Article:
Private investigators are professionals contracted to find information and obtain evidence. They are typically hired by private citizens, businesses and lawyers, and they occasionally work alongside law enforcement. There are many benefits to being a private investigator. However, there are also negative aspects to the job that should be considered.
Con: Work Schedule
The hours that private investigators work often tend to be odd hours, late-night hours and other inconvenient times. The schedule oftentimes has to be parallel to the person they are investigating or be after hours for business clients. The hours required for some jobs can be quite demanding and require extended daily hours for long periods.
According to the Bureau of Labor Statistics (BLS), as of May 2009, private investigators typically make from $24,700 to $75,970 annually, depending on expertise, employer and location. The average salary is $47,130. Self-employed private investigators, who make up 21 percent of the field, set their own rates doing hourly work or by the job. Investigators working for established businesses make slightly less but also do not have the overhead costs of self-employed investigators.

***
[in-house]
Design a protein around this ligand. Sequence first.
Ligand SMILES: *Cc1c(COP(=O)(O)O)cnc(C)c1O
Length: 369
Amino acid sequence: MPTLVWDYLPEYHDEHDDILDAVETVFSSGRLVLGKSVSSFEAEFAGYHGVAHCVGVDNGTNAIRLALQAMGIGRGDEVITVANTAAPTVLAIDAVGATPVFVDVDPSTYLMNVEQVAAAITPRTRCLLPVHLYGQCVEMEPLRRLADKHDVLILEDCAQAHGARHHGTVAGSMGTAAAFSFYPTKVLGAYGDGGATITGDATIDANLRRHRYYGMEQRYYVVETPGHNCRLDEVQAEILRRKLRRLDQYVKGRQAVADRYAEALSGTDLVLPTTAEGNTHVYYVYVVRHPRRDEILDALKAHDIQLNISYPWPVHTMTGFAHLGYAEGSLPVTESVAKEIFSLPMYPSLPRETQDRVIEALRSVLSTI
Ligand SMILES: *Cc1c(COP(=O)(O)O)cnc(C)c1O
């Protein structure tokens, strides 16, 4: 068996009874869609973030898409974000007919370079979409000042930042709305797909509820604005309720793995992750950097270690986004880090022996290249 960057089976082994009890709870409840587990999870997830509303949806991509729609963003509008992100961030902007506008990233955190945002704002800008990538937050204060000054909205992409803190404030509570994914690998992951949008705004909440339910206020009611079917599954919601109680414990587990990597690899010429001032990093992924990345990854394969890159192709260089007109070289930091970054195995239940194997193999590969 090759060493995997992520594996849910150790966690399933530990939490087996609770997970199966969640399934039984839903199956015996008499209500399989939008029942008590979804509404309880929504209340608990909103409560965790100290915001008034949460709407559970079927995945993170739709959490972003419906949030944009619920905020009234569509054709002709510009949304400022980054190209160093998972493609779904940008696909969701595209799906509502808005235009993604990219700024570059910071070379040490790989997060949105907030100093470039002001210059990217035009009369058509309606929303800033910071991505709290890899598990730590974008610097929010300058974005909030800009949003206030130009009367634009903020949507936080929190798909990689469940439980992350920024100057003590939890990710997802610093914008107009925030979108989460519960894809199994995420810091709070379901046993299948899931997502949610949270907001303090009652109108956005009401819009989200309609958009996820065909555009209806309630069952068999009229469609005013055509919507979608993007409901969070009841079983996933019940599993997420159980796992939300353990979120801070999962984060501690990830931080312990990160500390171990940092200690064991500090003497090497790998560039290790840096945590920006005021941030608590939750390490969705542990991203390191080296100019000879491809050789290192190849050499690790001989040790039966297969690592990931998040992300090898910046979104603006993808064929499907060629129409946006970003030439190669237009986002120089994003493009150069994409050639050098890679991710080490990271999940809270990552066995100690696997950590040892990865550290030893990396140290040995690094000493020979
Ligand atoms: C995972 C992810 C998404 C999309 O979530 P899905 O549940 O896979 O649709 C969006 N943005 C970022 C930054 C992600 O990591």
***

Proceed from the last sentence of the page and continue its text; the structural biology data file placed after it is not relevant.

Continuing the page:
Private investigation work, including surveillance, carries inherent risks. Investigators are often reported for suspicious activity while on surveillance activities and risk being arrested. Occasions arise where the investigator has to change appearance or vehicles quickly, or the investigator has to react immediately to unforeseen circumstances. The job can become especially dangerous if a criminal suspect notices the private investigator during surveillance.
Pro: Career Outlook
The BLS predicted that the private investigation field will continue to grow approximately 22 percent from 2008 through 2018. This is attributed to increased security and personal safety concerns. There is a growing need to protect identities, trade secrets and financial assets, and to protect loved ones. Criminal background checks conducted by private investigators on behalf of hiring companies are also on the rise.